Sergio Luna Martínez, director of research at Banamex: We expected Banxico to hike 50 basis points, not on the back of currency depreciation in itself, but rather on the reading by policymakers of what that depreciation implies. As the eighth-most traded currency, the value of Mexican peso conveys a lot of information, not only on both local fundamentals, but also the state of the world economy. Let’s start with the latter. The Brexit was an example of how global shocks affect emerging markets. It implies recessionary risks—thus suggesting looser monetary policy—but it also implies higher risk aversion, requiring more interest rate premiums. Unless you are a safe haven, you faced a trade-off. Banxico opted for the latter. In the second half of this year, these risks factors are unlikely to ease—an example is the U.S. election. As a gauge of global risk, the peso is thus set to remain weak. Banxico in this sense also acted preemptively. On the foreign exchange and local fundamentals, I think Mexico’s central bank was equally clear. We need to aim for primary fiscal surpluses. The more we do on this front, the less we need to offer in extra interest rate premiums. In terms of the yield curve, it implies a flattening with the front end increasing while the long end compresses, which is essentially what has happened. I think this is a better indicator of the effectiveness of monetary policy than the level of the exchange rate.
Jana Nelson, vice president for Mexico, Central America and Caribbean at Speyside Corporate Relations: The Mexican peso is the most liquid emerging-market currency, at $135 billion traded daily. It is often used to hedge risk in other markets, which means that when the global economic outlook is negative, the peso suffers the most. The Mexican central bank has aggressively defended the currency with interest rate hikes and by culling the sale of reserves, an announcement made in February. The economic indicators released in recent weeks (year-on-year exports, manufacturing and non-manufacturing index and consumer spending) point to a further slowdown of the already sluggish economy, and suggests that economic weakness is greater than originally anticipated. Add to the equation a tighter monetary policy and a less lax fiscal policy, and a recession might be on the long-term horizon. On the other hand, especially as compared to the rest of Latin America, the Mexican economy and its outlook for the second half of the year is stable. The recent hike in the interest rate is unlikely to generate high inflation. The central bank’s goal of 3 percent is still far from actual inflation at 2.2 percent. Unemployment is at 3.9 percent, the lowest since 2008, and very attractive to qualified human capital from abroad. The Mexican peso’s roller coaster ride since early 2015 is being adroitly managed by the central bank. Yet, the main challenges to the Mexican economy, as a whole, still remain—loss in government revenue due to low oil prices; rent-seeking behavior in economic reforms; and high cost of doing business due to corruption and insecurity.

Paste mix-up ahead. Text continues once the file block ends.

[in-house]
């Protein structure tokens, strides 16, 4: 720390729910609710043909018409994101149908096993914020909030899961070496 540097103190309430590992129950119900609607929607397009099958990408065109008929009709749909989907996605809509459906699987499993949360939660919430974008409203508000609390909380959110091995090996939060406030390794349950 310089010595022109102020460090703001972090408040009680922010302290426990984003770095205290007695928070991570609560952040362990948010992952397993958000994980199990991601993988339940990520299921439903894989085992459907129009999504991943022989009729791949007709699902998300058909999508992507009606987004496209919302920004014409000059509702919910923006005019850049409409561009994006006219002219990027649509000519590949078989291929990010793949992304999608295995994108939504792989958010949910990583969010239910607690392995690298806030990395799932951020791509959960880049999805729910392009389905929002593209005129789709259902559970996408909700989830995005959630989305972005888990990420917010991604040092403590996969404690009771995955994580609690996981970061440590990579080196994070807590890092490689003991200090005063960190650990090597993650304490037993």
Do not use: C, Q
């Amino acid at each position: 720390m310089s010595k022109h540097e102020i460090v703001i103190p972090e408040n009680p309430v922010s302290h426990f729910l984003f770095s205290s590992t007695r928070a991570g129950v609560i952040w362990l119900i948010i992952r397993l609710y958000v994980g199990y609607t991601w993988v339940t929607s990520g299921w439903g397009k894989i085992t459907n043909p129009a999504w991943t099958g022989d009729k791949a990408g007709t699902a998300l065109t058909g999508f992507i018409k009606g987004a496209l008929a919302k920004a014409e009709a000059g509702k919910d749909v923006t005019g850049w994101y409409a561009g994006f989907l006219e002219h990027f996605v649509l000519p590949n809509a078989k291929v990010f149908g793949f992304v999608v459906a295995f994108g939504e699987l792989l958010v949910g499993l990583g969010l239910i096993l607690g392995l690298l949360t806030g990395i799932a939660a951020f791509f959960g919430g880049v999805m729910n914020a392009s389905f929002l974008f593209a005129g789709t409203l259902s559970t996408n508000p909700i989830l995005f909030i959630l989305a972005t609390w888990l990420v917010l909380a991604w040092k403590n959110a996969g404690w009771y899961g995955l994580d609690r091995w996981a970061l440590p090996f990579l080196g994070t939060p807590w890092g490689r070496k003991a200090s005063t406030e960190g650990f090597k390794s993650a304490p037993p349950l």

Jonathan Heath, independent Mexico City-based economist: Two issues have become more pressing for the Mexican economy over the past year: a steadily increasing public debt-to-GDP ratio, in spite of recurring promises to the opposite, and a structural change in the country’s balance of payments, leading to a higher and more vulnerable current account deficit. The first issue has forced the government to reduce public expenditures in order to cut the fiscal deficit by 0.5 percent of GDP in each of the last three years of this administration. The second has led to an accumulated increase of 45 percent in the exchange rate, but with no visible results in an increase in exports. This has caused the current account deficit to go from an average of 1.1 percent of GDP between 2000 and 2013 to an expected 3.2 percent (or higher) deficit this year, making the country susceptible to a sudden stop shock, at a time where the Federal Reserve has initiated a new cycle in its monetary policy. Mexico’s central bank has responded with an accumulated 100 basis point increase in its monetary policy rate, aimed at assuring capital inflows. While expressing concern over future inflationary pressures, the real worry is in the forming balance of payments disequilibria. Both restrictive monetary and fiscal policy responses come, however, at a time when inflation is below target and the economy is decelerating rapidly. As a result, consensus forecasts for growth are being revised downward, and the probability of an ensuing recession has increased.